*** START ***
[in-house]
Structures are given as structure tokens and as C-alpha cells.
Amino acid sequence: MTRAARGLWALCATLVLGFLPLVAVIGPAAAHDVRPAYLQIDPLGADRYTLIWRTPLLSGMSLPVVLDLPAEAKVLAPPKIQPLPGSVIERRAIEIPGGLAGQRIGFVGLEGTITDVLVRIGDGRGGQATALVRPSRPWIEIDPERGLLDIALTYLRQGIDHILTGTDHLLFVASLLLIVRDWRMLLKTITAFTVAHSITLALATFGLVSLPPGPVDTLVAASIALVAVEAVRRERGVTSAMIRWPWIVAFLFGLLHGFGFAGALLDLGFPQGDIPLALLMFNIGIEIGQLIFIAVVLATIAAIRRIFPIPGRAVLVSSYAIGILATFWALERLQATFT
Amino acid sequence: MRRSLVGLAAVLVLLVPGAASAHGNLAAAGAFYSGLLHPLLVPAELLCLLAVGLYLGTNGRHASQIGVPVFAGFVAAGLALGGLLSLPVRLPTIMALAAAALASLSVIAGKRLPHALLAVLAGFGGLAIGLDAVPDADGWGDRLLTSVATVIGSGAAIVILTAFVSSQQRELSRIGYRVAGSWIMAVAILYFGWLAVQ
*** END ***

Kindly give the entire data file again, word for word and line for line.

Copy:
[in-house]
Structures are given as structure tokens and as C-alpha cells.
Amino acid sequence: MTRAARGLWALCATLVLGFLPLVAVIGPAAAHDVRPAYLQIDPLGADRYTLIWRTPLLSGMSLPVVLDLPAEAKVLAPPKIQPLPGSVIERRAIEIPGGLAGQRIGFVGLEGTITDVLVRIGDGRGGQATALVRPSRPWIEIDPERGLLDIALTYLRQGIDHILTGTDHLLFVASLLLIVRDWRMLLKTITAFTVAHSITLALATFGLVSLPPGPVDTLVAASIALVAVEAVRRERGVTSAMIRWPWIVAFLFGLLHGFGFAGALLDLGFPQGDIPLALLMFNIGIEIGQLIFIAVVLATIAAIRRIFPIPGRAVLVSSYAIGILATFWALERLQATFT
Amino acid sequence: MRRSLVGLAAVLVLLVPGAASAHGNLAAAGAFYSGLLHPLLVPAELLCLLAVGLYLGTNGRHASQIGVPVFAGFVAAGLALGGLLSLPVRLPTIMALAAAALASLSVIAGKRLPHALLAVLAGFGGLAIGLDAVPDADGWGDRLLTSVATVIGSGAAIVILTAFVSSQQRELSRIGYRVAGSWIMAVAILYFGWLAVQ